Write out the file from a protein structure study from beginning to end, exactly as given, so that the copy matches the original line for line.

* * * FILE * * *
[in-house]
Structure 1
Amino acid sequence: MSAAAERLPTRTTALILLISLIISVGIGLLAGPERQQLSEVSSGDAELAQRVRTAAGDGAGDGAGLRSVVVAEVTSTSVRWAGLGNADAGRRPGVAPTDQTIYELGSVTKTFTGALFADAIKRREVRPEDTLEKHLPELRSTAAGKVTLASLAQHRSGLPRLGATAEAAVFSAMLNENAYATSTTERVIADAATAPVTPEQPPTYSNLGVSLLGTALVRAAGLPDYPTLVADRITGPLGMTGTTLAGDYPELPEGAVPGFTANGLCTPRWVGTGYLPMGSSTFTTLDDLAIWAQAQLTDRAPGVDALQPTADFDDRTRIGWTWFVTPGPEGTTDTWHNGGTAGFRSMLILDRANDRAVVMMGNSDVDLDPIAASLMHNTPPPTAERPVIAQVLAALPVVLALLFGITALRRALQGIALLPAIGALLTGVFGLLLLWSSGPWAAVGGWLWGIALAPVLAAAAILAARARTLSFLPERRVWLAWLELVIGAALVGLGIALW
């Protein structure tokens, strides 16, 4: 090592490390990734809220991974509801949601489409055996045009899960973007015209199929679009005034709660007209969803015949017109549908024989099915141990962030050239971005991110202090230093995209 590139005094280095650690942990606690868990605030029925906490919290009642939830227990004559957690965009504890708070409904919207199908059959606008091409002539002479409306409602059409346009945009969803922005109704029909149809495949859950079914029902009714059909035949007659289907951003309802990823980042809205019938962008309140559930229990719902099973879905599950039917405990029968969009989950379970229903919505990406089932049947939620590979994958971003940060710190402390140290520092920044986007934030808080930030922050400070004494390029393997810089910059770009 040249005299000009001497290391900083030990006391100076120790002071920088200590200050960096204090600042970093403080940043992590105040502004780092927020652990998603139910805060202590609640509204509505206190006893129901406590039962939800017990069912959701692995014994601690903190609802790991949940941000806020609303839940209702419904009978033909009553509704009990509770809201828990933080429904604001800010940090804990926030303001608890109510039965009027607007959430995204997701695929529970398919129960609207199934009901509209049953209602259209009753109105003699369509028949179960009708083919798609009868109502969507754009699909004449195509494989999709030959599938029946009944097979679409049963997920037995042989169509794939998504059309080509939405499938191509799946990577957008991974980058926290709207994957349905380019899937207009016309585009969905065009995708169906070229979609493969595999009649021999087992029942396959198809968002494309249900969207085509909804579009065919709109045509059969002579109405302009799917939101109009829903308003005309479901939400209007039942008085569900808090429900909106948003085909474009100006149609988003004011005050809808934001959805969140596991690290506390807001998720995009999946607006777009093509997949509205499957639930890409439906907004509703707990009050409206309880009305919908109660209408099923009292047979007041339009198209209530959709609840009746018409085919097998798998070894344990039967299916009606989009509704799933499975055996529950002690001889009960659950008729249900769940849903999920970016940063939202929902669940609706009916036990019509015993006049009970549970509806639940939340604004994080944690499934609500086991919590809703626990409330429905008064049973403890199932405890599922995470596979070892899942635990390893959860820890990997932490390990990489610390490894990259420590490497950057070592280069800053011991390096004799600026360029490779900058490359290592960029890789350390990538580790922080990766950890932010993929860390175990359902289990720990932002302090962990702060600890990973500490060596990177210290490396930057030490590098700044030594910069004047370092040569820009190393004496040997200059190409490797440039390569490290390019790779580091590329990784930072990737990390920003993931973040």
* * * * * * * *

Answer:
[in-house]
Structure 1
Amino acid sequence: MSAAAERLPTRTTALILLISLIISVGIGLLAGPERQQLSEVSSGDAELAQRVRTAAGDGAGDGAGLRSVVVAEVTSTSVRWAGLGNADAGRRPGVAPTDQTIYELGSVTKTFTGALFADAIKRREVRPEDTLEKHLPELRSTAAGKVTLASLAQHRSGLPRLGATAEAAVFSAMLNENAYATSTTERVIADAATAPVTPEQPPTYSNLGVSLLGTALVRAAGLPDYPTLVADRITGPLGMTGTTLAGDYPELPEGAVPGFTANGLCTPRWVGTGYLPMGSSTFTTLDDLAIWAQAQLTDRAPGVDALQPTADFDDRTRIGWTWFVTPGPEGTTDTWHNGGTAGFRSMLILDRANDRAVVMMGNSDVDLDPIAASLMHNTPPPTAERPVIAQVLAALPVVLALLFGITALRRALQGIALLPAIGALLTGVFGLLLLWSSGPWAAVGGWLWGIALAPVLAAAAILAARARTLSFLPERRVWLAWLELVIGAALVGLGIALW
């Protein structure tokens, strides 16, 4: 090592490390990734809220991974509801949601489409055996045009899960973007015209199929679009005034709660007209969803015949017109549908024989099915141990962030050239971005991110202090230093995209 590139005094280095650690942990606690868990605030029925906490919290009642939830227990004559957690965009504890708070409904919207199908059959606008091409002539002479409306409602059409346009945009969803922005109704029909149809495949859950079914029902009714059909035949007659289907951003309802990823980042809205019938962008309140559930229990719902099973879905599950039917405990029968969009989950379970229903919505990406089932049947939620590979994958971003940060710190402390140290520092920044986007934030808080930030922050400070004494390029393997810089910059770009 040249005299000009001497290391900083030990006391100076120790002071920088200590200050960096204090600042970093403080940043992590105040502004780092927020652990998603139910805060202590609640509204509505206190006893129901406590039962939800017990069912959701692995014994601690903190609802790991949940941000806020609303839940209702419904009978033909009553509704009990509770809201828990933080429904604001800010940090804990926030303001608890109510039965009027607007959430995204997701695929529970398919129960609207199934009901509209049953209602259209009753109105003699369509028949179960009708083919798609009868109502969507754009699909004449195509494989999709030959599938029946009944097979679409049963997920037995042989169509794939998504059309080509939405499938191509799946990577957008991974980058926290709207994957349905380019899937207009016309585009969905065009995708169906070229979609493969595999009649021999087992029942396959198809968002494309249900969207085509909804579009065919709109045509059969002579109405302009799917939101109009829903308003005309479901939400209007039942008085569900808090429900909106948003085909474009100006149609988003004011005050809808934001959805969140596991690290506390807001998720995009999946607006777009093509997949509205499957639930890409439906907004509703707990009050409206309880009305919908109660209408099923009292047979007041339009198209209530959709609840009746018409085919097998798998070894344990039967299916009606989009509704799933499975055996529950002690001889009960659950008729249900769940849903999920970016940063939202929902669940609706009916036990019509015993006049009970549970509806639940939340604004994080944690499934609500086991919590809703626990409330429905008064049973403890199932405890599922995470596979070892899942635990390893959860820890990997932490390990990489610390490894990259420590490497950057070592280069800053011991390096004799600026360029490779900058490359290592960029890789350390990538580790922080990766950890932010993929860390175990359902289990720990932002302090962990702060600890990973500490060596990177210290490396930057030490590098700044030594910069004047370092040569820009190393004496040997200059190409490797440039390569490290390019790779580091590329990784930072990737990390920003993931973040």